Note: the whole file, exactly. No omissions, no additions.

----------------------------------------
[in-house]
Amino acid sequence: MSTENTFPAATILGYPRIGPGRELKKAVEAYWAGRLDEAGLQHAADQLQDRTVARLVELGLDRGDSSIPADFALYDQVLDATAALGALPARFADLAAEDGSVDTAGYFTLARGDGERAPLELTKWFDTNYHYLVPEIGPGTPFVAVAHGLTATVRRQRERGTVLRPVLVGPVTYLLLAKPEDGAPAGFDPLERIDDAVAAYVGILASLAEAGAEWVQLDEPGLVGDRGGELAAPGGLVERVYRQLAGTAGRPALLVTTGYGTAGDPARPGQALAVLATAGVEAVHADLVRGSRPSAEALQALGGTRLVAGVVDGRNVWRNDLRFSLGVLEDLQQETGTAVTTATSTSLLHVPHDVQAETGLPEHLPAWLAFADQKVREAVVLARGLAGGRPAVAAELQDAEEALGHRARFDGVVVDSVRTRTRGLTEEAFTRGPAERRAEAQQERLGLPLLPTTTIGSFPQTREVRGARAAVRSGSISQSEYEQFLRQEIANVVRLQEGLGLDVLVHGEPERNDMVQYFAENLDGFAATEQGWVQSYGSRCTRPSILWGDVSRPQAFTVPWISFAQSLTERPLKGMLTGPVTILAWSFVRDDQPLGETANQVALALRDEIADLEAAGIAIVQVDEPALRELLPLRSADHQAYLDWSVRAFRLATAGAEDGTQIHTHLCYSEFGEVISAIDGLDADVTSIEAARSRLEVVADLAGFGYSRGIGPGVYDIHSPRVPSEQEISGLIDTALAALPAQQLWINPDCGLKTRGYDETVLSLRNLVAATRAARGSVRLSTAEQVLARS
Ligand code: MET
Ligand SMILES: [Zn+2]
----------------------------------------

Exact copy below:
[in-house]
Amino acid sequence: MSTENTFPAATILGYPRIGPGRELKKAVEAYWAGRLDEAGLQHAADQLQDRTVARLVELGLDRGDSSIPADFALYDQVLDATAALGALPARFADLAAEDGSVDTAGYFTLARGDGERAPLELTKWFDTNYHYLVPEIGPGTPFVAVAHGLTATVRRQRERGTVLRPVLVGPVTYLLLAKPEDGAPAGFDPLERIDDAVAAYVGILASLAEAGAEWVQLDEPGLVGDRGGELAAPGGLVERVYRQLAGTAGRPALLVTTGYGTAGDPARPGQALAVLATAGVEAVHADLVRGSRPSAEALQALGGTRLVAGVVDGRNVWRNDLRFSLGVLEDLQQETGTAVTTATSTSLLHVPHDVQAETGLPEHLPAWLAFADQKVREAVVLARGLAGGRPAVAAELQDAEEALGHRARFDGVVVDSVRTRTRGLTEEAFTRGPAERRAEAQQERLGLPLLPTTTIGSFPQTREVRGARAAVRSGSISQSEYEQFLRQEIANVVRLQEGLGLDVLVHGEPERNDMVQYFAENLDGFAATEQGWVQSYGSRCTRPSILWGDVSRPQAFTVPWISFAQSLTERPLKGMLTGPVTILAWSFVRDDQPLGETANQVALALRDEIADLEAAGIAIVQVDEPALRELLPLRSADHQAYLDWSVRAFRLATAGAEDGTQIHTHLCYSEFGEVISAIDGLDADVTSIEAARSRLEVVADLAGFGYSRGIGPGVYDIHSPRVPSEQEISGLIDTALAALPAQQLWINPDCGLKTRGYDETVLSLRNLVAATRAARGSVRLSTAEQVLARS
Ligand code: MET
Ligand SMILES: [Zn+2]